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Dr. Green, an American served the people of Northern Sri Lanka.

Updated on March 15, 2013
Dr. Samuel Fisk Green
Dr. Samuel Fisk Green

Dr. Samuel Fisk Green was born in Green Hills, Worcester, Massachusetts in 1822. To his father William E Green and mother Julia Plimpton, he was the 8th child of 11 children. After his schooling he was attracted to religion. In 1841 he went to New York and took employment Protestant Episcopal Board of Missions. During this period he got interested in medical profession and gave up his employment and joined as a student in medicine. He graduated in 1845. In 1846, he offered himself to serve in American Mission and joined a team of missionaries as a missionary physician to go to Ceylon (now Sri Lanka).

He reached Jaffna, the northern town of Ceylon in 1847. After a brief stay in a village called Thellipalai, he was transferred to another village named Manipay. He established the mission's first clinic there. At that time there were no western physicions in Jaffna area, and people preferred local medicine. However within a short period of time Dr. Green managed to attract many patients to him for treatment. In line with the policies of the mission to train natives for missionary work, Dr. Green decided to teach medicine to local students. The work done in the field of medical education may be the most valuable contribution of Dr. Green to Jaffna.

Dr. Green's First Hospital in Manipay, Jaffna.
Dr. Green's First Hospital in Manipay, Jaffna.

Initially, he instructed the students in English. However, he felt that for a native, to grasp the medical words in a new language would be difficult, and he took time to learn the local language Tamil. His next action was to find Tamil words for medical terms. Soon he prepared a dictionary of medical words. To help his students, he also translated several medical textbooks from English to Tamil. Even today we don't get many medical books written or translated in Tamil. When we consider this Dr. Green's effort is truly commendable.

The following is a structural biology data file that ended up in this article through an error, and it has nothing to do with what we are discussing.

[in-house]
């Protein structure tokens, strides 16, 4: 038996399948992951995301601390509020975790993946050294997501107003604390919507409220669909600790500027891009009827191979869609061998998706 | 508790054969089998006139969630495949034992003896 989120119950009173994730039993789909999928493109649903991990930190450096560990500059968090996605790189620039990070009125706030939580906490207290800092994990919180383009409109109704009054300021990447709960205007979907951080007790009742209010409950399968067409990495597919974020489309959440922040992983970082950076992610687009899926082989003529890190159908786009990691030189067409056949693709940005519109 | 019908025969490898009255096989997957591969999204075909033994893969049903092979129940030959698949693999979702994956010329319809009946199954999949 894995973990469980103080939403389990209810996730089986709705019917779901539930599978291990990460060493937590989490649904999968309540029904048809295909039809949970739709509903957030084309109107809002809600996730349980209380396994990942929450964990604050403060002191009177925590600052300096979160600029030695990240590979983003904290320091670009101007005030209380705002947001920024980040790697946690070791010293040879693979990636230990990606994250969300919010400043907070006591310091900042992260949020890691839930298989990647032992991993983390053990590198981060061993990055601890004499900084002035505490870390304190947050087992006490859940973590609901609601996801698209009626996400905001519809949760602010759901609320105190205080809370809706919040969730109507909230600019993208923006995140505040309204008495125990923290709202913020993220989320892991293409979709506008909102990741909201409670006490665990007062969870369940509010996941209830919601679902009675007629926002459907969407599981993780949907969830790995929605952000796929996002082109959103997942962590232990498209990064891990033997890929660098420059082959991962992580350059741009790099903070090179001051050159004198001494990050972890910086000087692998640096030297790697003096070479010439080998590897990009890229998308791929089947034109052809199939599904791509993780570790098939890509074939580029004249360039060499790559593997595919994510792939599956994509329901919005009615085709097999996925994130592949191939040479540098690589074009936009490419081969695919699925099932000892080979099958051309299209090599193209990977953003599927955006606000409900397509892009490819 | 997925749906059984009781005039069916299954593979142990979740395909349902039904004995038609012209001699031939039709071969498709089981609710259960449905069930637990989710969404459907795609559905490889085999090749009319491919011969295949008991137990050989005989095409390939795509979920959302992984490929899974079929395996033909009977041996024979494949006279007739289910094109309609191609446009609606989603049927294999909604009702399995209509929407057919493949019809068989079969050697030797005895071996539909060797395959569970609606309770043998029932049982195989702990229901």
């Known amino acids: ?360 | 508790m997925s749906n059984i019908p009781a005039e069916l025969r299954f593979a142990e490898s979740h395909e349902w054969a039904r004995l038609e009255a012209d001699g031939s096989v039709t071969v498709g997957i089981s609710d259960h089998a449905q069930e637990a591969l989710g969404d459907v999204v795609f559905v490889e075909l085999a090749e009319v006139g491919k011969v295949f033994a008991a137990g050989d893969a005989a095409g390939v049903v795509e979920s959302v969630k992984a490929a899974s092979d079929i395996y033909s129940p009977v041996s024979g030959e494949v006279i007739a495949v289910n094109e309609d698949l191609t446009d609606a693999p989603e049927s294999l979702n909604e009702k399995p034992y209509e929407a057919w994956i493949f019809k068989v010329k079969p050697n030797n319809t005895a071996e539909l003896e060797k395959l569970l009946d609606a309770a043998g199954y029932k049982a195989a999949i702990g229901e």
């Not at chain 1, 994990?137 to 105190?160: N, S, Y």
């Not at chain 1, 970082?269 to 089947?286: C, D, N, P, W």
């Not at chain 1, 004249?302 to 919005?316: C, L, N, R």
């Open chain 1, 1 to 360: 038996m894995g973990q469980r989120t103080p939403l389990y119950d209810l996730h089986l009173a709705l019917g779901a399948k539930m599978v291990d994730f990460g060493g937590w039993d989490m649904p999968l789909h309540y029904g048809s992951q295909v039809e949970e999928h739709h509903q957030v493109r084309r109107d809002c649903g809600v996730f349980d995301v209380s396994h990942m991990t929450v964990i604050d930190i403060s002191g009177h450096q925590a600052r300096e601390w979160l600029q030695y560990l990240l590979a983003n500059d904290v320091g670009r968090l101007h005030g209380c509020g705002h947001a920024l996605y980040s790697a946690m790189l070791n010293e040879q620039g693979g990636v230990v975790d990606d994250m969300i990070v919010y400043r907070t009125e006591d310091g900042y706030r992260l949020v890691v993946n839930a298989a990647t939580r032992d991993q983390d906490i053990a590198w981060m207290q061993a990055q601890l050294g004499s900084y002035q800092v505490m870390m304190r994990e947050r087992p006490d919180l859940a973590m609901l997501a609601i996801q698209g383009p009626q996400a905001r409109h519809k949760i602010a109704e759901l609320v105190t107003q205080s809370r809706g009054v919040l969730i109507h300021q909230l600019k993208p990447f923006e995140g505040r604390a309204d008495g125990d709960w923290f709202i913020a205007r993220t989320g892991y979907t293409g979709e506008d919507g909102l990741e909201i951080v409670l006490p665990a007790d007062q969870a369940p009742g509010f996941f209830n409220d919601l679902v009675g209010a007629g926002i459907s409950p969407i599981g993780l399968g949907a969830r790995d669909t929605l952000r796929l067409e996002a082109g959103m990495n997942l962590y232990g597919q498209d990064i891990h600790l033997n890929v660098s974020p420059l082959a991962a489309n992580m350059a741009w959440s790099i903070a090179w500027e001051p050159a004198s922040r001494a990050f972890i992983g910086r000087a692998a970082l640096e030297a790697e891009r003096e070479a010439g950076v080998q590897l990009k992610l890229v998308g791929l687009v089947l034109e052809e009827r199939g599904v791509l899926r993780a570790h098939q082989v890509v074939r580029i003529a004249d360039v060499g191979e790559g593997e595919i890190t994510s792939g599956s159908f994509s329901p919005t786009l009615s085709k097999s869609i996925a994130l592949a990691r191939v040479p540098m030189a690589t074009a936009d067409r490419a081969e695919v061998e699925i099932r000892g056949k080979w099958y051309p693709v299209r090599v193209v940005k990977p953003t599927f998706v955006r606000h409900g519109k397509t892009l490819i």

During his stay in Jaffna, Cholera plagued the region several times and in many occasions it killed many thousands of people, including medical workers, within short period of time. Dr. Green was one of the first to volunteer to the nooks and corners of the area and treated patients. In 1855 he too took the disease and luckily got cured. He commanded high respect among native population and they regarded him as a demigod.


Dr. Green served in Jaffna for 20 years with a gap of 5 years. After his first 10-year period, he went back to America and spent five years there. He got married during this period and return back to Jaffna to serve another 10 years. After his second term he returned to America. He was interested in coming back to Jaffna, but unfortunately, the board of missions decided to cut expenditure on medical works, and Dr. Green was unable to return. After some time this policy was reversed, but it was too late. Dr. Green passed away on 28th of May 1884. He left his last will and he specifically mentioned there as follows:


"Should I ever have a gravestone, let it be plain and simple, and bear the following inscription: viz.,


1822 - 188-
Medical Evangelist to the Tamils.
Jesus my all"






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    • chamilj profile image

      chamilj 6 years ago from Sri Lanka

      A great man. Rmnathan thanks for the information.

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      P.Subramaniyam 7 years ago


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      Vasanthy Asokan 8 years ago

      I worked as a nurse at Green memorial Hospital from dec 1986 to 1990 August.I was forced to leave after the hospital was bombed by the Sri lankan forces in 1990.

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      A G Wicky Wignesan 8 years ago

      I was born in Manipay Green Hospital in 1953. Thank the lord for giving Doctors like Dr. Green to serve the people. Its amazing to read the contents.

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      chris Raj 8 years ago

      A true servent to the island of SL,and a blessing to the humanity. These type of individuals should be studied and honored in schools... not just civil rights leaders!

    • Rmnathan profile image

      Rmnathan 9 years ago from Sharjah

      VickeyK, Mark, Thanks for your comments.

    • Mark Knowles profile image

      Mark Knowles 9 years ago

      Incredibly informative. Thanks very much.

    • VickeyK profile image

      VickeyK 10 years ago

      I had never heard of this man--thank you!